Facing a Divided Congress, Biden Takes a Populist Stance

Facing a Divided Congress, Biden Takes a Populist Stance

Facing a Divided Congress, Biden Takes a Populist Stance

In his first State of the Union address since last year’s midterms, the president upheld a program of economic justice and stood firm against GOP obstructionists.

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It’s fitting that the State of the Union address falls in the last week of pre–Super Bowl hype. Both events feature ballyhooed clashes of prime-time rosters and often fail to deliver much in the way of meaningful conflict. And each spectacle ultimately succumbs to the agendas of behind-the-scenes commercial interests that dwarf the action on the field. Still, both marquee attractions sit there on the early February calendar, soaking up forensic press attention while the American public is left to its own devices to work out just what all the fuss is about.

As it happens, last night’s presidential address to both houses of Congress and the nation at large came at a genuinely fraught moment in America’s rickety self-governing compact. And Biden himself succeeded in plainly and urgently spelling out the public’s stake in the political struggles ahead, highlighting the wayward right-wing assault on basic income supports and the mandate of making wealthy Americans and big corporations accountable and taxable again. These key themes were more than just matters of political calculation—they underline the administrative challenges ahead for the Biden White House.

As the administration moves ahead on the implementation of big-ticket initiatives, such as the infrastructure and inflation reduction acts, the president also confronts the first divided Congress of his tenure in office. Republicans are keen to depict any political or policy missteps as evidence of an agenda of left-wing redistributive social engineering running on autopilot—as Arkansas Governor Sarah Huckabee Sanders stressed in her mostly desultory Republican response to Biden’s speech. The challenge ahead for Biden is less to shepherd big new legislative packages through a recalcitrant House than to remind Americans in real time of the measures the government has taken, and will continue to pursue, in order to improve their daily lives.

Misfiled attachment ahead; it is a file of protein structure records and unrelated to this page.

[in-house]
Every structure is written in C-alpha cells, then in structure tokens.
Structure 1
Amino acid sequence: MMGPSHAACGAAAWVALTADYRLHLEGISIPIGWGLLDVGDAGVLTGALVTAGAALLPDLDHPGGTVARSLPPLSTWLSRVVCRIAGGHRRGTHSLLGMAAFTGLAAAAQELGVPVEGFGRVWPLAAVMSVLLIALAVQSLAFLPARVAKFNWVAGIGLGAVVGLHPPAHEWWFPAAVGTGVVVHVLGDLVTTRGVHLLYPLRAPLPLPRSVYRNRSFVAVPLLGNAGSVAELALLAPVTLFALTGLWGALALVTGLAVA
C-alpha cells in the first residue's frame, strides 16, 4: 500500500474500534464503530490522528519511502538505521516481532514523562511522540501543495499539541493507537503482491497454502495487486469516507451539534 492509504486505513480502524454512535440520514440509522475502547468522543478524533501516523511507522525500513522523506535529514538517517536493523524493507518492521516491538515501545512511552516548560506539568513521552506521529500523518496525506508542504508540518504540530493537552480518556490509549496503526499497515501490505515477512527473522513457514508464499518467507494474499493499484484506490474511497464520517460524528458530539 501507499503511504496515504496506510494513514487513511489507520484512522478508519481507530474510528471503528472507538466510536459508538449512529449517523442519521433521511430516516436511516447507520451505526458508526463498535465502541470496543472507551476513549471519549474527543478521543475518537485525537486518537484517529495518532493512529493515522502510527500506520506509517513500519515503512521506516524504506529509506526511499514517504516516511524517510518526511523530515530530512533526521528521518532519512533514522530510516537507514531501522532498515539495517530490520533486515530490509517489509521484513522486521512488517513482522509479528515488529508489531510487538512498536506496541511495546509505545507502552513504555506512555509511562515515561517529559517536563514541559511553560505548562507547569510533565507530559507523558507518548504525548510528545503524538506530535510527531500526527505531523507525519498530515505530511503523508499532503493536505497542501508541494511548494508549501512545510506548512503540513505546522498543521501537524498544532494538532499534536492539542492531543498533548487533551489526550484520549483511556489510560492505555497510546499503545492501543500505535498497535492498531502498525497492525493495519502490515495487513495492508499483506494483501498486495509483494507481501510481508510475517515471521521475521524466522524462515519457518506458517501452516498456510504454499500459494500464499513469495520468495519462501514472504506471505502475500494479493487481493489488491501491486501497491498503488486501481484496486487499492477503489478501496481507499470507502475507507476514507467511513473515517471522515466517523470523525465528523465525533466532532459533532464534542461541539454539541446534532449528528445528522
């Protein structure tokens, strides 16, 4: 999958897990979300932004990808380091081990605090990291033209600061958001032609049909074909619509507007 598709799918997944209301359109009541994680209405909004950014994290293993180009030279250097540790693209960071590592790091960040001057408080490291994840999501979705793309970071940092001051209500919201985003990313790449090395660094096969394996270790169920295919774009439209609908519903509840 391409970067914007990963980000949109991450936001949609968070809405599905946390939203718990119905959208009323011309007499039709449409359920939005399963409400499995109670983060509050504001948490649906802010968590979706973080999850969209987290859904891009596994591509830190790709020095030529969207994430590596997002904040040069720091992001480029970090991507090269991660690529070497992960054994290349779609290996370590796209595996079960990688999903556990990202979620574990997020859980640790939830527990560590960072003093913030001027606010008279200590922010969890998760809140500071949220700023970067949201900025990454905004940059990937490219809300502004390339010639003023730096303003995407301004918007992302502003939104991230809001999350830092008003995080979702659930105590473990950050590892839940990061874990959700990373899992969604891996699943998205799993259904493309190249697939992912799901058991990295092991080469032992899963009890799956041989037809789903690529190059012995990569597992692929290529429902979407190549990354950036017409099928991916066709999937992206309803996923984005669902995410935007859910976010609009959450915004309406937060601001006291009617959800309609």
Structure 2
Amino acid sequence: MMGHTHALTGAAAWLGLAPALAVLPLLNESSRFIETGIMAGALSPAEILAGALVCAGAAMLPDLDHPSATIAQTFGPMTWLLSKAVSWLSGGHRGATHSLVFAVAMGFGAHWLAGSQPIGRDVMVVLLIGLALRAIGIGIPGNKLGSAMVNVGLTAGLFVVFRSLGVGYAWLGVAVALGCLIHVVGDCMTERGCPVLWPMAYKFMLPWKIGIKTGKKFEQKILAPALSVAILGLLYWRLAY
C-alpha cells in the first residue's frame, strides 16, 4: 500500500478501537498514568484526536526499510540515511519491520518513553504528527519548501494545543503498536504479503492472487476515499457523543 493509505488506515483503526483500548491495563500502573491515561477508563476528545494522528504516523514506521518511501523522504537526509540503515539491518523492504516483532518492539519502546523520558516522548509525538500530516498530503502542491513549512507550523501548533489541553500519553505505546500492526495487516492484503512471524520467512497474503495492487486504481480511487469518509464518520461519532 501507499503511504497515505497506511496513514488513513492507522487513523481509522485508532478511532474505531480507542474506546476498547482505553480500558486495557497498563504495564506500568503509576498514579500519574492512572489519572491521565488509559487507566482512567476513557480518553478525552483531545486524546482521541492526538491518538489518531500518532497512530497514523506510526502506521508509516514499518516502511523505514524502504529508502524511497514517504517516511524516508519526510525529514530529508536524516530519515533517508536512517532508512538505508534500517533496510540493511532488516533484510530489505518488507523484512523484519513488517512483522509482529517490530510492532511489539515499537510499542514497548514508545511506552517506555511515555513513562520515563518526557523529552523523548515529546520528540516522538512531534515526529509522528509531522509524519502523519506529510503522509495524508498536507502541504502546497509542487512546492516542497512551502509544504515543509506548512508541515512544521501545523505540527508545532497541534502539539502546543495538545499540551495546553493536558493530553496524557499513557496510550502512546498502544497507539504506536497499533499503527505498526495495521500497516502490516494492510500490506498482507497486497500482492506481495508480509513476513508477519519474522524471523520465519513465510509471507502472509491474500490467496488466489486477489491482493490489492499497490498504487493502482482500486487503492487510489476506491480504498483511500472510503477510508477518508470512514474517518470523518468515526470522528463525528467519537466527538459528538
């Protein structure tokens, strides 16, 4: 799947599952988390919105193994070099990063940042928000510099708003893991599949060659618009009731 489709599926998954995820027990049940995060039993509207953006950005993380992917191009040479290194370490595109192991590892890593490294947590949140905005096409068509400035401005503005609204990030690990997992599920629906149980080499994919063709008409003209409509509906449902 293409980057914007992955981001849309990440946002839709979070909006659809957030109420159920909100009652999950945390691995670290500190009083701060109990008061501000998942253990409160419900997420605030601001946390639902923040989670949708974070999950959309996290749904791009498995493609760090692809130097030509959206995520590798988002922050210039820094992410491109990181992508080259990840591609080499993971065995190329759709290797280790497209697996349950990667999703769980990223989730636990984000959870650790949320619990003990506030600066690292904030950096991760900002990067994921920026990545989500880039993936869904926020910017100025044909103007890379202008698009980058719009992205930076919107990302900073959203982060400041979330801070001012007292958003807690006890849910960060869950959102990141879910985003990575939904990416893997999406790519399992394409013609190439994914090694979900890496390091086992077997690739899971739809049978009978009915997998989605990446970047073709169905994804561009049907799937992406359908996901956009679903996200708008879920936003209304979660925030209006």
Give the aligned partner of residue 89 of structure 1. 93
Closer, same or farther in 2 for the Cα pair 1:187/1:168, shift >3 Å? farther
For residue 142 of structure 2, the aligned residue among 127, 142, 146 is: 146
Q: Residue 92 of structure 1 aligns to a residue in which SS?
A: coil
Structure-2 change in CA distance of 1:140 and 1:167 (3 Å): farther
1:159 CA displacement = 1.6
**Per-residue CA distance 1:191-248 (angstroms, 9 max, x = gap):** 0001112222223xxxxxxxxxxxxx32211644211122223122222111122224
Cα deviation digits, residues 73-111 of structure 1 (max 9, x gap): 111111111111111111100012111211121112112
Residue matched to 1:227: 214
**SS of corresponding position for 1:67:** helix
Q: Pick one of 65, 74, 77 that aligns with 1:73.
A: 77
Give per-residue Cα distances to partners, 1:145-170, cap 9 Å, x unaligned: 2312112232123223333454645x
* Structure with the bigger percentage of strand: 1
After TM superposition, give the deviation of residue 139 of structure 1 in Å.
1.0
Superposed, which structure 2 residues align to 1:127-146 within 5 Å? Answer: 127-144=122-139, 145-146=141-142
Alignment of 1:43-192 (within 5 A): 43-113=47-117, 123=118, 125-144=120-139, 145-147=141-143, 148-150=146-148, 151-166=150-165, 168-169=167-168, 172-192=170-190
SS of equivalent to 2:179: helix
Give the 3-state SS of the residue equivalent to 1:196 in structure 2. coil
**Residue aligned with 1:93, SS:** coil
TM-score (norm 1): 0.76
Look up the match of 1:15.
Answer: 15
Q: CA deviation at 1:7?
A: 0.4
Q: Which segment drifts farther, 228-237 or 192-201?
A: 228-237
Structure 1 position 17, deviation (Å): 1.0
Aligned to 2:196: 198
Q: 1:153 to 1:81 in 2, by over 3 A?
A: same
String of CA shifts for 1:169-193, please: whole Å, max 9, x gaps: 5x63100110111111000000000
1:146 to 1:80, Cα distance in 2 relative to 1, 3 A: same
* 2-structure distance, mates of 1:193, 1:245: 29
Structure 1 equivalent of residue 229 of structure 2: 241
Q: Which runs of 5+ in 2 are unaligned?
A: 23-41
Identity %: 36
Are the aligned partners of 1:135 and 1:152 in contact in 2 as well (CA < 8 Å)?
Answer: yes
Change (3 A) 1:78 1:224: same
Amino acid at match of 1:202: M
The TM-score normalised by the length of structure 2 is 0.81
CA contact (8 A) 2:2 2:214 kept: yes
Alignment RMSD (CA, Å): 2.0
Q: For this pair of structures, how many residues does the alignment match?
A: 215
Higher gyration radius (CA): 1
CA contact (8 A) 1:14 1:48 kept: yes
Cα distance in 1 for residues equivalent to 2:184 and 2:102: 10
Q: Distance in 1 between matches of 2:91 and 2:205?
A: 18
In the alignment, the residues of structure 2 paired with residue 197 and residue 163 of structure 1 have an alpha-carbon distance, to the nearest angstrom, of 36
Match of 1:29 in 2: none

Conventional pundit wisdom had held that Biden wouldn’t do much to bait the Republican opposition, since State of the Union addresses are meant to showcase the above-the-fray and statesmanlike mien and messaging of the chief executive—and since Biden himself is an ardent institutionalist, committed to the ideals of bipartisan comity. But Biden has belatedly acquired a well-honed sense of the real stakes of policy-making in Washington: a more level playing field for ordinary Americans. Introducing a plea for robust antitrust enforcement, Biden said of bad corporate actors, “Look, here’s the deal: they’re not just taking advantage of the tax codes, they’re taking advantage of you the consumer. Here’s my message to you; we have your back.” He returned to a theme he has sounded before, saying, “Capitalism without competition is not capitalism; it’s extortion, it’s exploitation.”

As Biden’s assured and plainspoken performance last night made clear, the political challenges ahead play to his greatest strength: positioning himself as an advocate for working-class Americans suffering the injustices of a top-heavy socioeconomic order designed by and for a plutocratic oligarchy. Admittedly, this image is frayed around the edges, as we saw in the Biden White House’s blockade of a threatened rail strike earlier this winter. Still, Biden has much good economic news to tout: Defying the glum prophecies of austerity hawks like Larry Summers and Federal Reserve Chairman Jerome Powell, the jobs economy is continuing to thrive. The January jobs report showed a 3.4 percent unemployment, the lowest since 1969, in the balmy heyday of the postwar economic boom. Inflation also appears to be failing to live up to its billing as the first-order existential menace of the austerian imagination—a development that may help Biden continue to successfully navigate the pending debt-ceiling showdown with congressional Republicans.

The debt-ceiling feud was behind the speech’s most dramatic moment, when Biden correctly noted that a faction of the House GOP caucus wants to provoke a government shutdown, and a likely broader economic crisis, in order to extort cuts to Social Security and Medicare. Georgia GOP Representative Marjorie Taylor Greene, a hard-right provocateur only notionally engaged with the work of legislating, heckled Biden from the House floor, shouting “Liar!” Biden gladly pushed back from the podium, and as the Republican shouting continued, he seized the moment: “So we all agree: Social Security and Medicare are off the books now,” he cheerfully announced to enthusiastic Democratic applause. “All right, we’ve got unanimity.” Again taking up the threatened cuts, he struck a mischievous note: “If anyone tries to cut Social Security, which apparently no one’s going to do, and if anyone tries to cut Medicare, I’ll stop them.”